A bruising year for Snap Inc.’s shares worsened Thursday, as the stock plummeted more than 25% in after-hours trading as executives launched the company’s first major share-repurchase program amid revenue issues in a poor environment for online advertising.
executives revealed that revenue increased less than 6% year-over-year in the third quarter — its slowest quarterly grow ever recorded — and said that the holiday season is shaping up similarly, with sales increasing just 9% so far in the quarter. The social-media company, which laid off roughly 20% of its staff this summer in response to the issues, also declined to provide a full forecast for the important fourth quarter.
“Our revenue growth continued to decelerate in Q3 and continues to be impacted by a number of factors we have noted throughout the past year, including platform policy changes, macroeconomic headwinds and increased competition,” executives said in a letter to shareholders outlining the results. “We are finding that our advertising partners across many industries are decreasing their marketing budgets, especially in the face of operating environment headwinds, inflation-driven cost pressures and rising costs of capital.”
“Forward-looking revenue visibility remains incredibly challenging, and this is compounded by the fact that revenue in Q4 is typically disproportionately generated in the back half of the quarter, which further reduces our visibility,” executives explained about the lack of guidance in the letter to investors.
The board did approve a $500 million share repurchase, a first for the young company. In a news release, executives said that the move was meant “to opportunistically offset a portion of the dilution related to the issuance of restricted stock units to employees as part of the overall compensation program designed to foster an ownership culture.” Snap is also in the midst of an augmented-reality push to diversify and expand sales.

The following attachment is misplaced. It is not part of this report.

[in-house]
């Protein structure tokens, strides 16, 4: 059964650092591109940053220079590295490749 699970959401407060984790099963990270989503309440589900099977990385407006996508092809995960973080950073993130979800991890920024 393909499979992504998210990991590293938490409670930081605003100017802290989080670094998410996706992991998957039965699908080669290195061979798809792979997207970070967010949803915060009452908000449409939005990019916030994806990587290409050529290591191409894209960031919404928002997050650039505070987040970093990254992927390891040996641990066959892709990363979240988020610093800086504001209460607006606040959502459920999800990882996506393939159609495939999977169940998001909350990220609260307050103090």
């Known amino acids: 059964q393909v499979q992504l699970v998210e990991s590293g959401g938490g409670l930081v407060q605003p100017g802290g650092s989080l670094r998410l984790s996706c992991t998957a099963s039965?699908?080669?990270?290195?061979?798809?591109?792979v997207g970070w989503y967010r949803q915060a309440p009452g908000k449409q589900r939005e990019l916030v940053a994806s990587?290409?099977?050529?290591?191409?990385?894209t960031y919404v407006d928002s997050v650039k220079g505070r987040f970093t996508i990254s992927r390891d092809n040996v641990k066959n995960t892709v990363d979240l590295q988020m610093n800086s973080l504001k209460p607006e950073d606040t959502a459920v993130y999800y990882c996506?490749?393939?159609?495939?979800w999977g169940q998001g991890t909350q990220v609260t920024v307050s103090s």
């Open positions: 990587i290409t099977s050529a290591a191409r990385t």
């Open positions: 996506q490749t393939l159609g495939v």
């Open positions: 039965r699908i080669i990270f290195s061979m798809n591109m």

During an abbreviated 30-minute conference call with analysts late Thursday, Snap Chief Executive Evan Spiegel was repeatedly pressed on how the company intends to get people to spend more time and money on the service. Spiegel emphasized the AR push and content engagement via Spotlight, a new tab in the Snapchat app that shows short-form video content, or “Spotlight Snaps.”
Snap’s results — the first this quarter among the major tech companies who rely heavily on digital advertising — likely portend even more turbulent times ahead for Alphabet Inc.’s
Google, Facebook parent company Meta Platforms Inc.
and others in the grip of inflation, a war in Ukraine, foreign-exchange worries and a widening recession.
Snap’s desultory news sent shares tumbling in extended trading for Pinterest (-8%), Trade Desk Inc.
(-5), Meta (-4%) and Google (-3%).
Deteriorating macroeconomic conditions have left advertisers with little choice but to delay or cancel buys. At the same time, intensifying competition from the likes of TikTok and others has deepened headwinds.
“As a smaller player, Snap is more susceptible, but no platform is immune,” Insider Intelligence analyst Jasmine Enberg told MarketWatch. “I expect more of the same results next week” when Google and Meta report, she added.
Snap’s sales increased less than 6% to $1.13 billion, barely falling short of Street estimates of $1.14 billion. Daily active users rose 19% to 363 million. FactSet analysts had modeled 358.2 million.
Snap shares initially fell more than 25% in after-hours trading. They closed the regular trading session down 0.6% to $10.79. Shares of Snap have nosedived 77% this year, while the S&P 500 index
is down 23%.